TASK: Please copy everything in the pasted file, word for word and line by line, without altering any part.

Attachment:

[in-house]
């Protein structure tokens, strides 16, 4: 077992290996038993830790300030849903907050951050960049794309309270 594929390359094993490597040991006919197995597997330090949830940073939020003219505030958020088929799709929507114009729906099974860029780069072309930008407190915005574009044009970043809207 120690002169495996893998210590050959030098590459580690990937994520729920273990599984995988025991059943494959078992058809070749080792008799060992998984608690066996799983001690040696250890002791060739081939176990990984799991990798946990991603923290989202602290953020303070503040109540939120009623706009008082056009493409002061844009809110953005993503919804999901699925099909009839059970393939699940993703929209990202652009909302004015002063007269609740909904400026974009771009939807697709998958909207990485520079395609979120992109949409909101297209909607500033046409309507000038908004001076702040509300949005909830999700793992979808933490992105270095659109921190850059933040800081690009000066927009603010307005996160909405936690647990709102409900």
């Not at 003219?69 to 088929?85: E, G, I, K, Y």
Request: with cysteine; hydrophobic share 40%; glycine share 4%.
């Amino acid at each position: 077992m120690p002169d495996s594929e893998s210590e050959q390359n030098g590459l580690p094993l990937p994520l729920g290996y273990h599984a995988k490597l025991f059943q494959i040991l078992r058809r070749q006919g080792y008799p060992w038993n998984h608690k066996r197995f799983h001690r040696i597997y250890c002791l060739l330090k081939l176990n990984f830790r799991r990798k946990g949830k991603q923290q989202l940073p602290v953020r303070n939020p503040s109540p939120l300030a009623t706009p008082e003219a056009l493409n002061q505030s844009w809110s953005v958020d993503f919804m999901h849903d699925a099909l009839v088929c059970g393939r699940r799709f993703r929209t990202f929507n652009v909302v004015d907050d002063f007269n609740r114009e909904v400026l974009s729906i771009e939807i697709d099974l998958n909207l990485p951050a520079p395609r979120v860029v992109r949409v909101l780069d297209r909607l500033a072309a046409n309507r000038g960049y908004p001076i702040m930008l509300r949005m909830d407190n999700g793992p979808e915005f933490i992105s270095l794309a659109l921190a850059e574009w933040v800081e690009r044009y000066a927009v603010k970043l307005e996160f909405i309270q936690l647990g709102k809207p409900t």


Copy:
[in-house]
């Protein structure tokens, strides 16, 4: 077992290996038993830790300030849903907050951050960049794309309270 594929390359094993490597040991006919197995597997330090949830940073939020003219505030958020088929799709929507114009729906099974860029780069072309930008407190915005574009044009970043809207 120690002169495996893998210590050959030098590459580690990937994520729920273990599984995988025991059943494959078992058809070749080792008799060992998984608690066996799983001690040696250890002791060739081939176990990984799991990798946990991603923290989202602290953020303070503040109540939120009623706009008082056009493409002061844009809110953005993503919804999901699925099909009839059970393939699940993703929209990202652009909302004015002063007269609740909904400026974009771009939807697709998958909207990485520079395609979120992109949409909101297209909607500033046409309507000038908004001076702040509300949005909830999700793992979808933490992105270095659109921190850059933040800081690009000066927009603010307005996160909405936690647990709102409900």
């Not at 003219?69 to 088929?85: E, G, I, K, Y």
Request: with cysteine; hydrophobic share 40%; glycine share 4%.
């Amino acid at each position: 077992m120690p002169d495996s594929e893998s210590e050959q390359n030098g590459l580690p094993l990937p994520l729920g290996y273990h599984a995988k490597l025991f059943q494959i040991l078992r058809r070749q006919g080792y008799p060992w038993n998984h608690k066996r197995f799983h001690r040696i597997y250890c002791l060739l330090k081939l176990n990984f830790r799991r990798k946990g949830k991603q923290q989202l940073p602290v953020r303070n939020p503040s109540p939120l300030a009623t706009p008082e003219a056009l493409n002061q505030s844009w809110s953005v958020d993503f919804m999901h849903d699925a099909l009839v088929c059970g393939r699940r799709f993703r929209t990202f929507n652009v909302v004015d907050d002063f007269n609740r114009e909904v400026l974009s729906i771009e939807i697709d099974l998958n909207l990485p951050a520079p395609r979120v860029v992109r949409v909101l780069d297209r909607l500033a072309a046409n309507r000038g960049y908004p001076i702040m930008l509300r949005m909830d407190n999700g793992p979808e915005f933490i992105s270095l794309a659109l921190a850059e574009w933040v800081e690009r044009y000066a927009v603010k970043l307005e996160f909405i309270q936690l647990g709102k809207p409900t």